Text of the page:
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Television executives were impressed when Stelter embraced Twitter and spoke confidently way back in 2008 of how he was using the web to “timeshift” his own TV viewing instead of watching it live—now, a banal commonality, but then still a relatively new problem for executives.In the early days, says Carr, Stelter was a “goofy, chubby kid” who was overly concerned with figuring out the internal politics of the newsroom.
Lapin has served as a business anchor and special correspondent for Bloomberg Television, as well as the money-saving correspondent for "The Wendy Williams Show" and also reports on Hollywood business for "The Insider" on CBS.But his relationship to his subject always appeared more borne of love than the skepticism that can often seem to animate other beat reporters.Stelter has been writing about television since he was an undergrad at Towson University.Stelter boasts that they waited three whole days before putting the news of their engagement on Twitter.“My openness evolved with the web,” he says of his highly mediated public persona.Facility with social media is part of Stelter’s job, of course, but at this volume it occasionally seems like a highly choreographed exercise in personal branding (and mutually reinforcing power-couple branding).One of the memorable moments of the 2011 documentary to destroy me.” But Stelter made a few missteps in the early going, including tweeting out the content of an internal meeting, and putting on Twitter his best reportorial nuggets from a tornado he was covering in the Midwest.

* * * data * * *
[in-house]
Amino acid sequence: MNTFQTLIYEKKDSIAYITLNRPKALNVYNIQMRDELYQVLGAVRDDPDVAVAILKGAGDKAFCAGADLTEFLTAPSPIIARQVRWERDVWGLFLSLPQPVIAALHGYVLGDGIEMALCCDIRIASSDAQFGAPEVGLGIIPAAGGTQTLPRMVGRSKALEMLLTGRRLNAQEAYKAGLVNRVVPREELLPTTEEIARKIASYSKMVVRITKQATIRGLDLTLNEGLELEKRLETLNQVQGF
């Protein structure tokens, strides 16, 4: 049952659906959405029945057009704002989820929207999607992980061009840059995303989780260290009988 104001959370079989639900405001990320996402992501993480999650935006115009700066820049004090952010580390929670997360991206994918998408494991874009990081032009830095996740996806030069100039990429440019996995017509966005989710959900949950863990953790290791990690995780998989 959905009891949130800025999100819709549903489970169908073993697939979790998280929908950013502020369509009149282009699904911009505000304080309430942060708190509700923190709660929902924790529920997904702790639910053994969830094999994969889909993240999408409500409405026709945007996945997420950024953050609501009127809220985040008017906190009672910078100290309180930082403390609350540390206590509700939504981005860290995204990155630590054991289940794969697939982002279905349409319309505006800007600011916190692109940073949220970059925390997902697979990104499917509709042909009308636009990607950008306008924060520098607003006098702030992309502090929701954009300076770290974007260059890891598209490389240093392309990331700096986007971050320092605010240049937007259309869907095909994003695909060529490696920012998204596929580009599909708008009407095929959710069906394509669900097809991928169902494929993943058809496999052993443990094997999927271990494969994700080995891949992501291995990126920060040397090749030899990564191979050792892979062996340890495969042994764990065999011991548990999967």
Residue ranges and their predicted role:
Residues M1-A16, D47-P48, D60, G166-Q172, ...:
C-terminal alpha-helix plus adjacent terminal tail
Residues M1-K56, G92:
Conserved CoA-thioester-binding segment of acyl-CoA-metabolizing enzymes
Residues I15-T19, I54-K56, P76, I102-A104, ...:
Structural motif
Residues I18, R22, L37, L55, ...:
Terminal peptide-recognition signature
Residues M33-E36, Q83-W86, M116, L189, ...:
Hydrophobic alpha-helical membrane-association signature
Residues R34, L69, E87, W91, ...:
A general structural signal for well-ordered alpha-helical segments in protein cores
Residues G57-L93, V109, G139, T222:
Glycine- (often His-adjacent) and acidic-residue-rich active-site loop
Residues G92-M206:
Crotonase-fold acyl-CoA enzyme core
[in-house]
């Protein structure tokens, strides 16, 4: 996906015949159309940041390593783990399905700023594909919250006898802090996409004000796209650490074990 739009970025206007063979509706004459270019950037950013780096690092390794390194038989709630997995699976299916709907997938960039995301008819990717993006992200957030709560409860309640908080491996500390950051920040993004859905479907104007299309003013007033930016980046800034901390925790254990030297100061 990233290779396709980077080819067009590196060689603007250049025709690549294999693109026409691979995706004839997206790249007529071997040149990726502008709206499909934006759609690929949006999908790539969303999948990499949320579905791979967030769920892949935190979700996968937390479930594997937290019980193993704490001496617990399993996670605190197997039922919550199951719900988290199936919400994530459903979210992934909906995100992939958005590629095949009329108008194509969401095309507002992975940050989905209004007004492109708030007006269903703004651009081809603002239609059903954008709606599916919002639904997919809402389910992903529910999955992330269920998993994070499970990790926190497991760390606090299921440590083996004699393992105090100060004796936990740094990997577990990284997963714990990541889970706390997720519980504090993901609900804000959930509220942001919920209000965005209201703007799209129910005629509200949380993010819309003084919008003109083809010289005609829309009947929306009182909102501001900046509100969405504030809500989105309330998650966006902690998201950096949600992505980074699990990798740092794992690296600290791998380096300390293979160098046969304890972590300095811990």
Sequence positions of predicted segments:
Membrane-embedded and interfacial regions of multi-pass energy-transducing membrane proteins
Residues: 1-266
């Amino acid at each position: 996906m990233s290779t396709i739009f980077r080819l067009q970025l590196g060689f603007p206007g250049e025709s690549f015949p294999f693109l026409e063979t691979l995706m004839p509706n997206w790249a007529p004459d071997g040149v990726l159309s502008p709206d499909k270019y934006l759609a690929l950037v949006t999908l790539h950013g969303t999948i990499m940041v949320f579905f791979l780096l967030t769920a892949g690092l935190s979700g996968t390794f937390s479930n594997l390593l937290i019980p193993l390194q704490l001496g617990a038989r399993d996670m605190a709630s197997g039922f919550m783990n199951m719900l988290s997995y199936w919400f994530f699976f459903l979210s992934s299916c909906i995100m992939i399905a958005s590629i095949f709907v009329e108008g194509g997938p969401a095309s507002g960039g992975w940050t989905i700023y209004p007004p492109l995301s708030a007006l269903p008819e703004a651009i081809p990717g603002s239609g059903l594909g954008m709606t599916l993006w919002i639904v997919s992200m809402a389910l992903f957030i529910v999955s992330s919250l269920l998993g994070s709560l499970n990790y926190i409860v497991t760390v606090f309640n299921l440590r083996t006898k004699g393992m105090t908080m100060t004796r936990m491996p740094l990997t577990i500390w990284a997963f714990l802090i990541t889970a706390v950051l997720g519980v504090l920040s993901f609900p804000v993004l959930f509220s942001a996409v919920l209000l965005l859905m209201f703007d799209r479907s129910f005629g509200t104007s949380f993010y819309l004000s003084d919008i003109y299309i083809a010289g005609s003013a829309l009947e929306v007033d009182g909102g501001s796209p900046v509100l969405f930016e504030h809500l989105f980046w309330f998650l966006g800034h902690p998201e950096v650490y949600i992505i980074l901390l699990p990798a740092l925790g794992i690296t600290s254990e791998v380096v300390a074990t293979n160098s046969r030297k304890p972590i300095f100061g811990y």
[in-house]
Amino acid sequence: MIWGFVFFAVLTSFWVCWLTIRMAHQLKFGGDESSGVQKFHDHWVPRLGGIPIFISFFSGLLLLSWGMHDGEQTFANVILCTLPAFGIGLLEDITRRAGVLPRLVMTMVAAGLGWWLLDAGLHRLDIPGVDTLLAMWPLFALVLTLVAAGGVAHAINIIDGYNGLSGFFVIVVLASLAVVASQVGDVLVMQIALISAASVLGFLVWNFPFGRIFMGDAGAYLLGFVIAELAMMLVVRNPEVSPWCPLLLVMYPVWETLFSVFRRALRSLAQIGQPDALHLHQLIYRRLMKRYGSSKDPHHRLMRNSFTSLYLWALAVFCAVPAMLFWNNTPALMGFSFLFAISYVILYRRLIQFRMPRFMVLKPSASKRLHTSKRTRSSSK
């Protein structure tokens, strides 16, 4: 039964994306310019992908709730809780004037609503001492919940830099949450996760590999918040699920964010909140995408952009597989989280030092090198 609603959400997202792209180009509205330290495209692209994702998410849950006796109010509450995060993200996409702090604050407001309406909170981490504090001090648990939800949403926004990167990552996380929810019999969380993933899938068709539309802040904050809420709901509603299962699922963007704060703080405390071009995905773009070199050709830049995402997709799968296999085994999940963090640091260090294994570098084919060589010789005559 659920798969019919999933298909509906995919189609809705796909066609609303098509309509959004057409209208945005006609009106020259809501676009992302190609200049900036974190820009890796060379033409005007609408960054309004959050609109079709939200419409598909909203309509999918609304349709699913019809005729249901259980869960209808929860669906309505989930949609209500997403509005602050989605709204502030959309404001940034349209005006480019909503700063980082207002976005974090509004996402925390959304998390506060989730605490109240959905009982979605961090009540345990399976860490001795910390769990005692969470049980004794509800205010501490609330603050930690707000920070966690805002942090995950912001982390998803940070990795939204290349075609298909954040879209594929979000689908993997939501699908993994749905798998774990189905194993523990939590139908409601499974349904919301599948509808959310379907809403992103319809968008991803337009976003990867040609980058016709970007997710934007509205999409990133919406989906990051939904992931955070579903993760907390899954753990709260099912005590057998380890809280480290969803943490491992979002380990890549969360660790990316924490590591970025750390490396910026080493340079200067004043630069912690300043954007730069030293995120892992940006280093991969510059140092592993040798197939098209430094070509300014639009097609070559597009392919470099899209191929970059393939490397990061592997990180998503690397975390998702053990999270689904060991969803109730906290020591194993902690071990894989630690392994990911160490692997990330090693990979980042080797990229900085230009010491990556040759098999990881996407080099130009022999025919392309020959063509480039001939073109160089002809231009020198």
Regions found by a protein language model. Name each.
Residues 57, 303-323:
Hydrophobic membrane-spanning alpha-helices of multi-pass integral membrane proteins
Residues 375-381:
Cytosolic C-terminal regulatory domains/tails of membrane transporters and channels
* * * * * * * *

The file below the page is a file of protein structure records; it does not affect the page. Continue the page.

That youthful approach to news also helped him get sources.
His intonations are correct but overeager; his hand motions a bit too choreographed.
His laughter can be too quick and his pursed lips during a guest’s answer suggest anxiety about when to jump in with the next question. One week in early January, Stelter decided to do a segment on what he’d learned by covering a winter storm for CNN.
A memo to staff about his hiring touted Stelter’s blogging background, and declared him to be a symbol before he’d even started there: “His hiring underscores the expansion of our efforts to integrate what we do online and in the print edition.” Stelter’s web-native digital facility did indeed make him stand out inside a rapidly evolving newsroom.
He had scads of Twitter followers, and though he’d brag on the social network when he got an A-1 placement for one of his stories, he appeared just as happy to write online posts.
After Lapin, Stelter began pursuing NY1 traffic reporter Jamie Shupak, whom he first flirted with via Twitter direct message (according to a talk on finding love via non-dating social networks that the couple gave at last year’s SXSW, Twitter, where his professional success was front and center for any interested women to see, was a place where he regularly attempted pickups).